ammonium sulfate Ammonium sulfate (American English and international scientific usage; ammonium sulphate in British English British English (BrE, en-GB, or BE) is, according to Oxford Dictionaries, " English as used in Great Britain, as distinct from tha ...

ammonium sulfate
are found in volcanic districts. Crystals of
ammonium bicarbonate Ammonium bicarbonate is an inorganic compound with formula (NH4)HCO3. The compound has many names, reflecting its long history. Chemically speaking, it is the bicarbonate salt (chemistry), salt of the ammonium ion. It is a colourless solid that de ...

ammonium bicarbonate
have been found in
Patagonia Patagonia () refers to a geographical region that encompasses the southern end of South America, governed by Argentina and Chile. The region comprises the southern section of the Andes Mountains with lakes, fjords, Temperate rainforest, tempera ...

Patagonia
guano Guano (Spanish from qu, wanu) is the accumulated excrement of Seabird, seabirds or bats. As a manure, guano is a highly effective fertilizer due to the high content of nitrogen, phosphate, and potassium, all key nutrients essential for plant ...

guano
. Ammonia is also found throughout the
Solar System The Solar SystemCapitalization of the name varies. The International Astronomical Union, the authoritative body regarding astronomical nomenclature, specifies capitalizing the names of all individual astronomical objects but uses mixed "Solar S ...

Solar System
on
Mars Mars is the fourth planet from the Sun and the second-smallest planet in the Solar System, only being larger than Mercury. In the English language, Mars is named for the Roman god of war. Mars is a terrestrial planet with a thin atmosph ...

Mars
,
Jupiter Jupiter is the fifth planet from the Sun and the List of Solar System objects by size, largest in the Solar System. It is a gas giant with a mass more than two and a half times that of all the other planets in the Solar System combined, but ...

Jupiter
,
Saturn Saturn is the sixth planet from the Sun and the second-largest in the Solar System, after Jupiter. It is a gas giant with an average radius of about nine and a half times that of Earth. It has only one-eighth the average density of Earth; h ...

Saturn
,
Uranus Uranus is the seventh planet from the Sun. Its name is a reference to the Greek god of the sky, Uranus (mythology), Uranus (Caelus), who, according to Greek mythology, was the great-grandfather of Ares (Mars (mythology), Mars), grandfather ...

Uranus
,
Neptune Neptune is the eighth planet from the Sun and the farthest known planet in the Solar System. It is the fourth-largest planet in the Solar System by diameter, the third-most-massive planet, and the densest giant planet. It is 17 times ...

Neptune
, and
Pluto Pluto (minor-planet designation: 134340 Pluto) is a dwarf planet in the Kuiper belt, a ring of trans-Neptunian object, bodies beyond the orbit of Neptune. It is the ninth-largest and tenth-most-massive known object to directly orbit the S ...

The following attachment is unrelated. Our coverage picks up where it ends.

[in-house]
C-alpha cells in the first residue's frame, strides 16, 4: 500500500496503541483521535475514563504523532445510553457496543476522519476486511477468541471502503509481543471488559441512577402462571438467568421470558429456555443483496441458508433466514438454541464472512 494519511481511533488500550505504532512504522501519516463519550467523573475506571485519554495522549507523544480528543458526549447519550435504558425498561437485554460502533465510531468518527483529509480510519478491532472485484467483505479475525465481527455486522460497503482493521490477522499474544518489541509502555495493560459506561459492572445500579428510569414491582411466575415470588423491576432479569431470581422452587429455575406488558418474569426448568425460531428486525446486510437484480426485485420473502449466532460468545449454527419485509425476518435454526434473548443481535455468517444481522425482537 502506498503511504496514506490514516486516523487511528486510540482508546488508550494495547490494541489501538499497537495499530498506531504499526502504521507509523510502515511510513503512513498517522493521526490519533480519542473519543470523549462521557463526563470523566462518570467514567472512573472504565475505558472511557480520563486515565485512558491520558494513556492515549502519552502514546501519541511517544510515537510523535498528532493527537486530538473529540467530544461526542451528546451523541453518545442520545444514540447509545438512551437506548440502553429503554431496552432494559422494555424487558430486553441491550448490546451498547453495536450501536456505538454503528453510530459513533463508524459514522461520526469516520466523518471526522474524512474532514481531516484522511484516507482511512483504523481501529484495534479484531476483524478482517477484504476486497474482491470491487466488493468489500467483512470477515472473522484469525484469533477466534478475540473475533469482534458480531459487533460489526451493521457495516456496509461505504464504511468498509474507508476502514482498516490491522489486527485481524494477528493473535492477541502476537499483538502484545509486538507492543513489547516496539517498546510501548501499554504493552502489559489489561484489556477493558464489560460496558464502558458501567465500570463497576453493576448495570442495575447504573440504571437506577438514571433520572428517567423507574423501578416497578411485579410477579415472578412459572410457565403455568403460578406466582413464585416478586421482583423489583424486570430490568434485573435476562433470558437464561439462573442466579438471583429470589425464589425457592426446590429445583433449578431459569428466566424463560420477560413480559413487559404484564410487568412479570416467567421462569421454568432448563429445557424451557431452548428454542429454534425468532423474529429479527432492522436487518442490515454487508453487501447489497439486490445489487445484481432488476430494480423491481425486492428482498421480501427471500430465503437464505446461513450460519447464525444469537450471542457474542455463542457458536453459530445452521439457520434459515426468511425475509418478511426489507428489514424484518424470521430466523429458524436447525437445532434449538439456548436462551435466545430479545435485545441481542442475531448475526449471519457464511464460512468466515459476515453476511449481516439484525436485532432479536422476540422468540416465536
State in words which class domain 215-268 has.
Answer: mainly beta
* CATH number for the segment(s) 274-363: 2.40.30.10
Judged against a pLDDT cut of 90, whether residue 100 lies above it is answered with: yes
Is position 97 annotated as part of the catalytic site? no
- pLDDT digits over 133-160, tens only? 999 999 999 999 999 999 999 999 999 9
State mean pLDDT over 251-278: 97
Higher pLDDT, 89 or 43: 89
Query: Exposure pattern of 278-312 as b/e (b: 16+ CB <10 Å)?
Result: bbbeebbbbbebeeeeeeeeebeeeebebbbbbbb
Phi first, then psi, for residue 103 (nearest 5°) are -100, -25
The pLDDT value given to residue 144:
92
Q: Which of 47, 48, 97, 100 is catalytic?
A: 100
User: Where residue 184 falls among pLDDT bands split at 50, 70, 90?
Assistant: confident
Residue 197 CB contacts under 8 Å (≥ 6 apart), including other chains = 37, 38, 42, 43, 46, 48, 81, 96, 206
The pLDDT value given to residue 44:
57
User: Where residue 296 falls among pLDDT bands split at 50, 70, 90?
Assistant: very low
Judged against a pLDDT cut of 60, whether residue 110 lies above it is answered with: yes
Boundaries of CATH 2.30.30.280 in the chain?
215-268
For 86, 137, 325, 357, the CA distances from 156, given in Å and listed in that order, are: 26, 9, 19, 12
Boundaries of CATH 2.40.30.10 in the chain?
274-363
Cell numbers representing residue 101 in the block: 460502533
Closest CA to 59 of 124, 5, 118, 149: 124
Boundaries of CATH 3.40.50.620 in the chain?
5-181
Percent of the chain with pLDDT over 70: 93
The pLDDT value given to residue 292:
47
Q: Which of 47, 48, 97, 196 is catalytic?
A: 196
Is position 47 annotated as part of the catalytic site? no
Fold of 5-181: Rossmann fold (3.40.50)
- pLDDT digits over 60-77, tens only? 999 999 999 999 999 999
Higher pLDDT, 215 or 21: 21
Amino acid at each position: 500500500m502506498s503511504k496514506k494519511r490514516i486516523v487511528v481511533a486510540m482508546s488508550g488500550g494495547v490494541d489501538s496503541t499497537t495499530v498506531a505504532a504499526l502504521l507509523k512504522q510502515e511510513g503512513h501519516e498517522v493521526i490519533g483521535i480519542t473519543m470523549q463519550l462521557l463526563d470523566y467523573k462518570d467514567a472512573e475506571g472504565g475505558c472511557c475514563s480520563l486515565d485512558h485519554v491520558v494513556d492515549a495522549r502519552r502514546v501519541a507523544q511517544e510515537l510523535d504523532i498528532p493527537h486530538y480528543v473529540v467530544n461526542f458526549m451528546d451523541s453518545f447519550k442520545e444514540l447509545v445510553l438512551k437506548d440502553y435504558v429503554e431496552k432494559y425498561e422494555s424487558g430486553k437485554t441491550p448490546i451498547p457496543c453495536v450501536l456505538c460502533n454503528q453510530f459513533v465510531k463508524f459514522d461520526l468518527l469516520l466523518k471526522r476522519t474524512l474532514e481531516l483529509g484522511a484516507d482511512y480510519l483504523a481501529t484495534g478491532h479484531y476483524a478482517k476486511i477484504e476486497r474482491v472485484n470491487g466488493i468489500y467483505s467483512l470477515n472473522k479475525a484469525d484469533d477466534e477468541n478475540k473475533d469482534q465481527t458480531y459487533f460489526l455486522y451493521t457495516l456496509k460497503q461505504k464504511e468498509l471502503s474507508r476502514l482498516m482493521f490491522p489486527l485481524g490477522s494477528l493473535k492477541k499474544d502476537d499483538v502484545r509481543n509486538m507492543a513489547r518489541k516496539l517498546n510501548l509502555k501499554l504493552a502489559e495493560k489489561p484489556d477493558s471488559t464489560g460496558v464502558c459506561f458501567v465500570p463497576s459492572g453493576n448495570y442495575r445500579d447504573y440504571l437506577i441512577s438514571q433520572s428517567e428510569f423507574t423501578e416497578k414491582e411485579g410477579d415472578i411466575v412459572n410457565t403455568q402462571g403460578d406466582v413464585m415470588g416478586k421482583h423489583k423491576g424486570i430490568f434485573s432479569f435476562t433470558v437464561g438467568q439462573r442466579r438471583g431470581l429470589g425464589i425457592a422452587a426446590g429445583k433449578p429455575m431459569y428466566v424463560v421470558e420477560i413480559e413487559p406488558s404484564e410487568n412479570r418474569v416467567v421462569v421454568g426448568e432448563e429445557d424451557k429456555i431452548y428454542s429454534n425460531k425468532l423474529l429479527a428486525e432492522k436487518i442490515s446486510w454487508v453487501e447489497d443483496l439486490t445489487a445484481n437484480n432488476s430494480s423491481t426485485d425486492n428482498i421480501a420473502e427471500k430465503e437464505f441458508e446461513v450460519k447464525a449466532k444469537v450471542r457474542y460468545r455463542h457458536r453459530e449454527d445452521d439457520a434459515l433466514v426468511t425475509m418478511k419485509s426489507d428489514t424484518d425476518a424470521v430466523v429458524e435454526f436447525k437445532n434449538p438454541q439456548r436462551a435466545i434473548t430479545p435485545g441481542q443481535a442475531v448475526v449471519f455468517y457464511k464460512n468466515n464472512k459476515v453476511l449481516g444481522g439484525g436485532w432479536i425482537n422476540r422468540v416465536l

Pluto
, among other places: on smaller, icy bodies such as Pluto, ammonia can act as a geologically important antifreeze, as a mixture of water and ammonia can have a melting point as low as if the ammonia concentration is high enough and thus allow such bodies to retain internal oceans and active geology at a far lower temperature than would be possible with water alone. Substances containing ammonia, or those that are similar to it, are called ''ammoniacal''.


Properties

Ammonia is a colourless
gas Gas is one of the four fundamental states of matter In physics, a state of matter is one of the distinct forms in which matter can exist. Four states of matter are observable in everyday life: solid, liquid, gas, and Plasma (physics), pl ...

gas
with a characteristically pungent smell. It is lighter than air, its density being 0.589 times that of
air The atmosphere of Earth is the layer of gases, known collectively as air, retained by Earth's gravity that surrounds the planet and forms its planetary atmosphere. The atmosphere of Earth protects life on Earth by creating pressure allowing fo ...

air
. It is easily liquefied due to the strong
hydrogen bond In chemistry, a hydrogen bond (or H-bond) is a primarily Electrostatics, electrostatic force of attraction between a hydrogen (H) atom which is Covalent bond, covalently bound to a more electronegativity, electronegative "donor" atom or group ( ...

hydrogen bond
ing between molecules. Gaseous ammonia turns to the colourless
liquid A liquid is a nearly Compressibility, incompressible fluid that conforms to the shape of its container but retains a (nearly) constant volume independent of pressure. As such, it is one of State of matter#Four fundamental states, the four fund ...

liquid
which
boils
boils
at , and
freezes
freezes
to colourless crystals at . Few data are available at very high temperatures and pressures, such as supercritical conditions.


Solid

The crystal symmetry is cubic,
Pearson symbol The Pearson symbol, or Pearson notation, is used in crystallography as a means of describing a crystal structure, and was originated by W. B. Pearson. The symbol is made up of two letters followed by a number. For example: * Diamond structure, ...
cP16,
space group In mathematics, physics and chemistry, a space group is the symmetry group of an object in space, usually in three dimensions. The elements of a space group (its symmetry operations) are the rigid transformations of an object that leave it unchan ...